The power of flowers
Three years ago, Elizabeth Harlan left law for the land. A civil litigation attorney, she traded the courthouse for the greenhouse and the family’s flower farm. Now, Harlan, 49, helps run Belvedere Farm in Fallston on ancestral soil dating back to 1823. She tangles with amaranths, not affidavits, and tulips instead of torts. It’s a move she would make again.
“I don’t want to compare [farming] to law, but I feel like what I do adds cheer to the world,” she said. “My day-to-day life has improved. The work is exhausting, yes, but it’s also a pick-me-up for everyone concerned.”
Harlan hears that from regulars who visit the farm stand or Belvedere’s stall at the Bel Air Farmers Market on weekends.
“They’ll say, ‘This is my therapy,’ or ‘I’m addicted to this,’ but not in a bad way,” she said. “Last year, in March, we offered $10 prepaid arrangements with contactless pickups at the farm. People told us that coming here for flowers every week helped them get through the pandemic.”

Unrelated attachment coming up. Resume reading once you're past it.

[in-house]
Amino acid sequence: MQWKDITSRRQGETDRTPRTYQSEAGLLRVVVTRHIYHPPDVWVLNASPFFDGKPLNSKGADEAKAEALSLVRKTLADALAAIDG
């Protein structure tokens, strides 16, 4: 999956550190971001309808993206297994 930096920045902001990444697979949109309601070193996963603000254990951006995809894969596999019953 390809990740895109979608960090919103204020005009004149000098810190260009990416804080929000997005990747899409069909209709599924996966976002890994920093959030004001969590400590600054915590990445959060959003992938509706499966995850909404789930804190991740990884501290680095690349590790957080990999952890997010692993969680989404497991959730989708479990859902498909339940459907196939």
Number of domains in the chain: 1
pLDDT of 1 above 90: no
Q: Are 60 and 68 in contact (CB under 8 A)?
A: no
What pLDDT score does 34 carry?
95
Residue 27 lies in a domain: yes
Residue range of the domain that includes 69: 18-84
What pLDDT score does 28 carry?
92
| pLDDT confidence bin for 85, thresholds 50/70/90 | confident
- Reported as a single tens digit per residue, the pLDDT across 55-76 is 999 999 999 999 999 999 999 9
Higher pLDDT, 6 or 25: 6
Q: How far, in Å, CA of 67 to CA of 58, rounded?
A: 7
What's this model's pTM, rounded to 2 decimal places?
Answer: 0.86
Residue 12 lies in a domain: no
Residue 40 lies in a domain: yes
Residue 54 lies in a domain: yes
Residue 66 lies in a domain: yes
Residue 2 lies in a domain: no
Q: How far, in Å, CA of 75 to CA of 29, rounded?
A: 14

Her father, Bill Harlan, 81, is patriarch at Belvedere, which began selling flowers in 1995 at his wife’s behest.
“I dragged my feet a little because, to me, farming was all about tractors and stuff,” Bill Harlan said. “But the customers were much improved. Instead of guys coming to buy hay, there were ladies wearing earrings, in sports cars, buying flowers.”
The 100-acre farm boasts 6 acres of annuals and perennials, from popular standbys (dahlias, zinnias and sunflowers) to dozens of others like dianthus, hellebores, ageratum and dill. Plus five types of lavender.
“We’ve cut a ton of the stuff,” Elizabeth Harlan said. “When the wind blows off the lavender field, you just stop and take a deep breath. It’s nice to be out there.”